In this chapter we will explore the application of probabilities to risk management. We will also introduce basic terminology and notations that will be used throughout the rest of this book.


The concept of probability is central to risk management. Many concepts associated with probability are deceptively simple. The basics are easy, but there are many potential pitfalls.

In this chapter, we will be working with both discrete and continuous random variables. Discrete random variables can take on only a countable number of values—for example, a coin, which can only be heads or tails, or a bond, which can only have one of several letter ratings (AAA, AA, A, BBB, etc.). Assume we have a discrete random variable X, which can take various values, xi. Further assume that the probability of any given xi occurring is pi. We write:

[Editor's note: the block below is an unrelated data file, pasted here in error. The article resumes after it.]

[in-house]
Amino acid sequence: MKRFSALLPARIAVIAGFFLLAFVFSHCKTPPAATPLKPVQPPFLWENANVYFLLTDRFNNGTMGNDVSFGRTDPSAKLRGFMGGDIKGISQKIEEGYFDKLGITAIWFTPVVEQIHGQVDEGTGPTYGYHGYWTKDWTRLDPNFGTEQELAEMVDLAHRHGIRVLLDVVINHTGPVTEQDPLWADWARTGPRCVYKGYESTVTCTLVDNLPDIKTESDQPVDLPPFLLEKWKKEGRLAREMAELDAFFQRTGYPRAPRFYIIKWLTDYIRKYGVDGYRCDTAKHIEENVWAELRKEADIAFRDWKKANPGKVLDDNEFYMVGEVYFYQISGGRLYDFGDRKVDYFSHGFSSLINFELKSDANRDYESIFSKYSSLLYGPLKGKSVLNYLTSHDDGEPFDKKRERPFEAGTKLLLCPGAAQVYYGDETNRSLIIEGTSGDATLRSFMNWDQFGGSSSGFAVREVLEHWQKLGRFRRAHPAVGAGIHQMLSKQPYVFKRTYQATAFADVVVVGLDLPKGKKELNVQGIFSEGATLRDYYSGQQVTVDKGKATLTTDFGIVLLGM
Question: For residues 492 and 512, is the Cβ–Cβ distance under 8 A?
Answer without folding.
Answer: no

(2.1) Numbered Display Equation

where P is our probability operator.1

An important property of a random variable is that the sum of all the probabilities must equal one. In other words, the probability of any event occurring must equal one. Something has to happen. Using our current notation, we have:

(2.2) Numbered Display Equation


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